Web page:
So all of our learning about the history of Confucianism this week raises the question of, how Confucian are China and Korea today? For much of the 20th century, especially for intellectuals who were trying to modernise their countries both here and in China, Confucianism sort of became like the crazy uncle in the attic that they wanted to hide away or get rid of entirely. Confucianism was equated with tradition, which was equated with backwardness, an obstacle to progress, to modernity.
And Confucian values were seen as insular, submissive, oppressive, particularly of women, to the point of being misogynistic, but also oppressive of youth who were trying to do new things with their countries that seemed stuck in a Confucian deference to age and seniority. Then there was an extraordinary reversal, after a sort of sustained attack on Confucianism, a kind of cultural revolution, if you want, that lasted among intellectuals for much of the 20th century. Toward the end of the last century, suddenly some leaders and some scholars started to rediscover Confucianism, as it were, and to argue that, in fact, it was the Confucian vestiges in many East Asian countries that made them the miracles of the late 20th century.
As the East Asian Tigers and Dragons were proving that there was an alternate model of economic development, leaders like Singapore’s Lee Kuan Yew and other philosophers, both in Asia and abroad, started to celebrate Confucian values. Order and harmony were superior to conflict and self-interest. The focus on the family and on education, these were positive social bonds that particularly helped a country adapt to the competitiveness of capitalism and make it a more successful capitalist country. These kinds of arguments started to change our thinking about Confucianism in another, dramatically different direction.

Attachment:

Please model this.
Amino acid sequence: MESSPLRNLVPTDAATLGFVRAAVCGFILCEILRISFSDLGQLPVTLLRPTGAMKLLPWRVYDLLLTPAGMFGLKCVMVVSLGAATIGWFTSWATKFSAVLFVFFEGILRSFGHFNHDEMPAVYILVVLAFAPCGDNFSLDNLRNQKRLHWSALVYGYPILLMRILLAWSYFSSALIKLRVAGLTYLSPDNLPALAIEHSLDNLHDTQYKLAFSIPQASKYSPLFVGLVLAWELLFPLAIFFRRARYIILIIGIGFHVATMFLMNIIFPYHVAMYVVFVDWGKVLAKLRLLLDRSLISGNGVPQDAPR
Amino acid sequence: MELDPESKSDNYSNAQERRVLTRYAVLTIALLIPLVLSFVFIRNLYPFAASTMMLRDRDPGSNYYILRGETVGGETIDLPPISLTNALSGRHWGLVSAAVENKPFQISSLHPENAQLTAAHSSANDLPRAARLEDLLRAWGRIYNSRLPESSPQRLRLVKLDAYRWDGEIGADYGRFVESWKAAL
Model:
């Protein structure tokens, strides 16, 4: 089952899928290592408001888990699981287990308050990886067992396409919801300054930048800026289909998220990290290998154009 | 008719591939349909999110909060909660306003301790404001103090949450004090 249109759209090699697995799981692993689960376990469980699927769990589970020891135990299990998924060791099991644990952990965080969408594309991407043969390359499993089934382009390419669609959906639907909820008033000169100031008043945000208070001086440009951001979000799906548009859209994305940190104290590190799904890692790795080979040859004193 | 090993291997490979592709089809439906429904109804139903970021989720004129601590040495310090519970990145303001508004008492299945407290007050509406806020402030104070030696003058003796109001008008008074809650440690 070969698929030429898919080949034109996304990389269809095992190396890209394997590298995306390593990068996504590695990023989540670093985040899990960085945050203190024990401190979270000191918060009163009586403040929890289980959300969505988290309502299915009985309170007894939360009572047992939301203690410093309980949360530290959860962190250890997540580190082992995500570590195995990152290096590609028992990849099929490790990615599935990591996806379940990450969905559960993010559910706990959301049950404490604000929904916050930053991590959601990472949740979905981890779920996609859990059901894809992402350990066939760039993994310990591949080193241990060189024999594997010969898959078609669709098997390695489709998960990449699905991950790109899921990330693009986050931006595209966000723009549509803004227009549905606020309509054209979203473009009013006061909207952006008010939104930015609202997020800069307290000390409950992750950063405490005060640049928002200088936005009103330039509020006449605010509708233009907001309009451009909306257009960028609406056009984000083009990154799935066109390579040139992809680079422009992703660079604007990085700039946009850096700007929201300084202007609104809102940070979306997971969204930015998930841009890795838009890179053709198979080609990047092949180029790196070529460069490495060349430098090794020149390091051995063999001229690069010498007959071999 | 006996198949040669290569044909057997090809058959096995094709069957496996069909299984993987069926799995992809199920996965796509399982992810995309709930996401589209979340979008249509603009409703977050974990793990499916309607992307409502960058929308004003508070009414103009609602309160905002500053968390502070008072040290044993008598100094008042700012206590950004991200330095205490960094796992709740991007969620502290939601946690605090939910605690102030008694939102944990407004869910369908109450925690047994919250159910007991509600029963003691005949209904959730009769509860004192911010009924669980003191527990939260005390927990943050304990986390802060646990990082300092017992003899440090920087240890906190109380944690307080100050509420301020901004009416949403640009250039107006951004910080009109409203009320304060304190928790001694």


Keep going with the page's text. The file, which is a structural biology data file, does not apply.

So today you have interesting political theorists like a good friend of mine, Daniel Bell, who teaches at Tsinghua University in Beijing and argues that the Confucian tradition is a source of meritocracy, and that there are elements of meritocracy in the Chinese political system that actually make it superior to liberal democracy, or at least something that works better for China than American-style liberal democracy work. Of course, many still criticise the Confucian system and argue politically and socially its values are outdated. The question of whether China is still Confucian at all is something that my co-author Orville and I wrestled with in our book, Wealth and Power, about modern China.
And it’s a question that I’ve reflected on personally, both in China and in Korea, in my years of living in both countries, making friends, and settling down here in Seoul. So if we look at the current shape of things, I would personally say in my experience in Korea, I see vestiges of Confucianism all the time in my daily life. Confucian values, for example, deference to elders, is something that affects the way you pour your drink, where you take your seat on the subway. It’s even part of how you carry out any conversation that you have on the street or in a classroom.